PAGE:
Professor Irina Vetter,
Institute for Molecular Bioscience and School of Pharmacy
University of Queensland 

Title: "The pain-causing principles of stinging nettles are sodium channel-targeting peptides"


Stinging nettles produce remarkably persistent and painful stings upon contact of their stiff epidermal hairs, called trichomes, with mammalian skin. In Australia, stings from the Gympie Gympie stinger (Dendrocnide spp.) induce acute pain typically lasting for several hours, as well as intermittent painful flares that can persist for days and weeks. Our recent work shows that the venoms of Australian Dendrocnide species as well as New Zealand Urtica species contain heretofore unknown pain-inducing peptides that potently activate sensory neurons and delay inactivation of voltage-gated sodium channels. These neurotoxins localize specifically to the stinging hairs and are disulfide-stabilised miniproteins, a characteristic shared with neurotoxins found in spider and cone snail venoms.  Our results provide an intriguing example of inter-kingdom convergent evolution of animal and plant venoms with shared modes of delivery, molecular structure and pharmacology.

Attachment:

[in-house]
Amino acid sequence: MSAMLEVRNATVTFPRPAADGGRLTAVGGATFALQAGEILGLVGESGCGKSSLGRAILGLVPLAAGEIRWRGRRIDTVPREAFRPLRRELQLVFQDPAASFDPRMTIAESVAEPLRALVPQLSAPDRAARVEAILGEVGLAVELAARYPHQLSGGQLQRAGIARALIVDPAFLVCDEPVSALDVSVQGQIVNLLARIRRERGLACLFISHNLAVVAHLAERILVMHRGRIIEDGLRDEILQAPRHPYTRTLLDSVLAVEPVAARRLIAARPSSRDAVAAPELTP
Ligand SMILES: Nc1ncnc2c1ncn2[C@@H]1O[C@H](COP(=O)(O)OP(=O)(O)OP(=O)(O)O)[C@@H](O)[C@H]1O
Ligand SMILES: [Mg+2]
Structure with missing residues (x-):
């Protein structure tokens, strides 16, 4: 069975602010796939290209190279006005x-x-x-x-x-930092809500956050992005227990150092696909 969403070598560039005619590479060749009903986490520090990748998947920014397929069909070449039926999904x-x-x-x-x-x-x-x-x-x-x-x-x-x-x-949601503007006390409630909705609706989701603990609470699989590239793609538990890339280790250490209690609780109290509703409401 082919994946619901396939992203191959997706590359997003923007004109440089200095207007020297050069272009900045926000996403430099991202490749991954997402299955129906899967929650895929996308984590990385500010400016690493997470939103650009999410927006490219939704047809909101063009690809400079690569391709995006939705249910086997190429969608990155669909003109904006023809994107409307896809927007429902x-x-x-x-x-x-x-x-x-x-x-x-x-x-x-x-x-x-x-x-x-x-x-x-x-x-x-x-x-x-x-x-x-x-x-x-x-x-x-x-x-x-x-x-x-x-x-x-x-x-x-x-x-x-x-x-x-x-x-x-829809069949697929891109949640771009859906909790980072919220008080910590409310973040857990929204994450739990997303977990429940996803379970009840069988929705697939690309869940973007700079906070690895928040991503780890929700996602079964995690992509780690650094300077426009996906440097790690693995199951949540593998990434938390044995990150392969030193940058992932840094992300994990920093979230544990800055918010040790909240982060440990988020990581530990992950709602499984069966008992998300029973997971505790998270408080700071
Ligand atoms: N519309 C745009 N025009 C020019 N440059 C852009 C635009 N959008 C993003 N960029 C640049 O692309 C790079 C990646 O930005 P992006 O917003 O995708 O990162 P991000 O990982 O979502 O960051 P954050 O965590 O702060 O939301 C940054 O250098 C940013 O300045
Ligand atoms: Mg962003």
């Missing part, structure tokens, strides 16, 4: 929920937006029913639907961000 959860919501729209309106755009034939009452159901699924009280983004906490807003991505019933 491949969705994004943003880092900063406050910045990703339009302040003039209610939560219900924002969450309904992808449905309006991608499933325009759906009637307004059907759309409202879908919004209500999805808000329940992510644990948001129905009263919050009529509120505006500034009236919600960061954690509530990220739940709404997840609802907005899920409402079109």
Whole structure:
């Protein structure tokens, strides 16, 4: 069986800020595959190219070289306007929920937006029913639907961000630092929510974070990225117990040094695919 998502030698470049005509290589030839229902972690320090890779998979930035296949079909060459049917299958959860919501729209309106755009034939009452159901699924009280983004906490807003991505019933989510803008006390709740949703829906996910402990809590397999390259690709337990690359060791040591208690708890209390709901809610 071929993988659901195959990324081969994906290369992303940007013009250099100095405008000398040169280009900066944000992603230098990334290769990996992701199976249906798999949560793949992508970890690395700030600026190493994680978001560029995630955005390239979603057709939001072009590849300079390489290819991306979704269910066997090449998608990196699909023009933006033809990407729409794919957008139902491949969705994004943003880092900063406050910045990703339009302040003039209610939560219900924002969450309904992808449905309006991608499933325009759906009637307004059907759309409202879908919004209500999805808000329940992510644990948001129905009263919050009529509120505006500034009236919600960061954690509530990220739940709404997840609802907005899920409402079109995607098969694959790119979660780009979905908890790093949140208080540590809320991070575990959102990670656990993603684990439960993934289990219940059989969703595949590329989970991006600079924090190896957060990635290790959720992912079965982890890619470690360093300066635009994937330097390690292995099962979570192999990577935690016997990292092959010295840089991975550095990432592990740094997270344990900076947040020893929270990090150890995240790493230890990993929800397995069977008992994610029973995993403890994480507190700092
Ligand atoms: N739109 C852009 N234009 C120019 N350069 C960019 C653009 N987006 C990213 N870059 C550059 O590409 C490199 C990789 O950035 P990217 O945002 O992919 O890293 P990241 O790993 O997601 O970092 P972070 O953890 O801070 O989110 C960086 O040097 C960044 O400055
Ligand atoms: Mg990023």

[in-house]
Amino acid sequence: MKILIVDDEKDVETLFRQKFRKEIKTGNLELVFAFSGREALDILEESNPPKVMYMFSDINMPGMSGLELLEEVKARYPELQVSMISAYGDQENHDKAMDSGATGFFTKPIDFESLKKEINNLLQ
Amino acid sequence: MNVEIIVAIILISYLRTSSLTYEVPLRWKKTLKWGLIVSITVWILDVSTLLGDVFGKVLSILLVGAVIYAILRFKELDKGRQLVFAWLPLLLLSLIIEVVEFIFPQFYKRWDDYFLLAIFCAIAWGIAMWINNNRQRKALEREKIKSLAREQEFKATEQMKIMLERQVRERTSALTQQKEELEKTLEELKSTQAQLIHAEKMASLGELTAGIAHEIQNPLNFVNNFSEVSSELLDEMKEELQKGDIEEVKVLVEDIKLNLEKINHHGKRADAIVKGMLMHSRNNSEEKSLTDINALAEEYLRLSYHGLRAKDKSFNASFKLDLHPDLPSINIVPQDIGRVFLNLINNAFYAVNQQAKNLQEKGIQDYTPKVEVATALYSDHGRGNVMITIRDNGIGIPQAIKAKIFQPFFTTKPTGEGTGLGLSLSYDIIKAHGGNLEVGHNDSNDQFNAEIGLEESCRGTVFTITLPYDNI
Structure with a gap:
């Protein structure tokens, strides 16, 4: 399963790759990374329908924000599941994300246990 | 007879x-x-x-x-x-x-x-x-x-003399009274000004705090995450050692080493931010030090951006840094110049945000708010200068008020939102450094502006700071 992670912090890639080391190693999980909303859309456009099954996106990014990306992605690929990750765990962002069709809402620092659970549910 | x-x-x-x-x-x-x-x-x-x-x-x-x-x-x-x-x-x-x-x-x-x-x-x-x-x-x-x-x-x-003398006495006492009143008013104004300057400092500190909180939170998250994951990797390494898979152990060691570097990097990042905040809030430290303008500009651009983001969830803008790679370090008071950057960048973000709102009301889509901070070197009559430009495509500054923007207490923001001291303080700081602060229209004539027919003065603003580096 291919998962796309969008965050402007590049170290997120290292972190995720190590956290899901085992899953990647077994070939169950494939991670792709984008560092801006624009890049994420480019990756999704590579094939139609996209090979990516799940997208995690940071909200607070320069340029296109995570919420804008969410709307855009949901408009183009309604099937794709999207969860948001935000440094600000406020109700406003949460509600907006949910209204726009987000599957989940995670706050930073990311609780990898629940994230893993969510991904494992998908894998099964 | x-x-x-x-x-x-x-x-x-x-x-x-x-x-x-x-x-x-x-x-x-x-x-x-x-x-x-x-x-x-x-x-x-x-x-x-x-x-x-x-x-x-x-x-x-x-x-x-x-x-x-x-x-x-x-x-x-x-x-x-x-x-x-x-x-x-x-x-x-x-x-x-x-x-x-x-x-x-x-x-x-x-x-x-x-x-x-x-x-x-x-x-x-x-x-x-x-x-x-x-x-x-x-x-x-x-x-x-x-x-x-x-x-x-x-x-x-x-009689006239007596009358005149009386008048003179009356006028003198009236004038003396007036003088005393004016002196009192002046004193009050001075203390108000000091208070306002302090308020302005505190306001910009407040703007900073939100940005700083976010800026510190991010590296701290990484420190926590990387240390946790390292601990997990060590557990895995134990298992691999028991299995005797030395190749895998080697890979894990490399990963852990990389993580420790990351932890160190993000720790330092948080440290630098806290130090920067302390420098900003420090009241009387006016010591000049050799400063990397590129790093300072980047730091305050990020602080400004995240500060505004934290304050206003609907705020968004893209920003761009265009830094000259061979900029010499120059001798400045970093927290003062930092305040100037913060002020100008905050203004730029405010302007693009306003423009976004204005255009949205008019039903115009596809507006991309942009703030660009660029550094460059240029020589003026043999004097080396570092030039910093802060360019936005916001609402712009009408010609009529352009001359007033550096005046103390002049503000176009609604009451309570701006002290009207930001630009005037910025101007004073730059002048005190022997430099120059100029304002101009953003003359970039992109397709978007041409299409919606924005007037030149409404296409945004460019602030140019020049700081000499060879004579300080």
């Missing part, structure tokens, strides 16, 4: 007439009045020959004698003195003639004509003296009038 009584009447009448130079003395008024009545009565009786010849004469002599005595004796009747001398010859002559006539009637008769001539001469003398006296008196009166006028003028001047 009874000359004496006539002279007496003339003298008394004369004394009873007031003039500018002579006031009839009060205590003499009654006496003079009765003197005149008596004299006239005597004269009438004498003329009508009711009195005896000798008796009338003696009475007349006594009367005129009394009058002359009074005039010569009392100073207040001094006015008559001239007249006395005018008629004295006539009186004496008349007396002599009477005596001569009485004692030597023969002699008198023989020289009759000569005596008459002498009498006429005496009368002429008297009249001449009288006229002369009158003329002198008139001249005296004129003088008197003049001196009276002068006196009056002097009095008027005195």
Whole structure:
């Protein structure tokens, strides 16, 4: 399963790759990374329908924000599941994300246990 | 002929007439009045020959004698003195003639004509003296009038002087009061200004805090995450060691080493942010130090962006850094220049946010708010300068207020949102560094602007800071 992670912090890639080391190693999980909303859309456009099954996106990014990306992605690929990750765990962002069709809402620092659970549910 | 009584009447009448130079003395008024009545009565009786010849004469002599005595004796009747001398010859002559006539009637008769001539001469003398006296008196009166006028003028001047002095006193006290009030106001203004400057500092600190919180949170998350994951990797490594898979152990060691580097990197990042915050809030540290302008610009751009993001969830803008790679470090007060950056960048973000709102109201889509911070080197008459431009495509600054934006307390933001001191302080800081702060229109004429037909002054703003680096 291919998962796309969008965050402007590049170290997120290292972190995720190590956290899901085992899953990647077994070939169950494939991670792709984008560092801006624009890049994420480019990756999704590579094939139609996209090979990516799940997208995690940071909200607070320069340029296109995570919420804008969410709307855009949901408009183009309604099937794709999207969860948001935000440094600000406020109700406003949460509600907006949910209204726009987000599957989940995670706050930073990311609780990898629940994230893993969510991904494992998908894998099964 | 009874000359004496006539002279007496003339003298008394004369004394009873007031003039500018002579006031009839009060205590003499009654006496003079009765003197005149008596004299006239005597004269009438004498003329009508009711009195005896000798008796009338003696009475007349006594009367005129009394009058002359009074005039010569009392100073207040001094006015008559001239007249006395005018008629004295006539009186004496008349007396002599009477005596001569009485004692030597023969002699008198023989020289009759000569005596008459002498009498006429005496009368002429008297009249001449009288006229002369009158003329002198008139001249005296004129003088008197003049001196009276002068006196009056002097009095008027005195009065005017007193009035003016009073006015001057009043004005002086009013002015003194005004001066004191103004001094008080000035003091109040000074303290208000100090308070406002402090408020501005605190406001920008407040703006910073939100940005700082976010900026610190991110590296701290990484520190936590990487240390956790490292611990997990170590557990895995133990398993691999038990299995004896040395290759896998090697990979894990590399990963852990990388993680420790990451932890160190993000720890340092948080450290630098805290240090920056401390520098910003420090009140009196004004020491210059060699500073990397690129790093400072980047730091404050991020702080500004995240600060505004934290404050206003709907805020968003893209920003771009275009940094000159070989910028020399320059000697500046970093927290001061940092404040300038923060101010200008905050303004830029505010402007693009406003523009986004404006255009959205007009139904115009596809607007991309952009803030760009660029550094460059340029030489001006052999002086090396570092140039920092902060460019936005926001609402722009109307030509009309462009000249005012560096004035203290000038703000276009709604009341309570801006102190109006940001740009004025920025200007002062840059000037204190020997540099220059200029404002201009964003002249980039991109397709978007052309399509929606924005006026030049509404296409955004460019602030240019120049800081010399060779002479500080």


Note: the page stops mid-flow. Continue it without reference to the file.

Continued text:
About Neuroscience Seminars

Neuroscience seminars at the QBI play a major role in the advancement of neuroscience in the Asia-Pacific region. The primary goal of these seminars is to promote excellence in neuroscience through the exchange of ideas, establishing new collaborations and augmenting partnerships already in place.

Seminars in the QBI Auditorium on Level 7 are held on Wednesdays at 12-1pm, which are sometimes simulcast on Zoom (with approval from the speaker). We also occassionally hold seminars from international speakers via Zoom. The days and times of these seminars will vary depending on the time zone of the speaker. Please see each seminar listed below for details. 


Neuroscience Seminars archive 2005-2018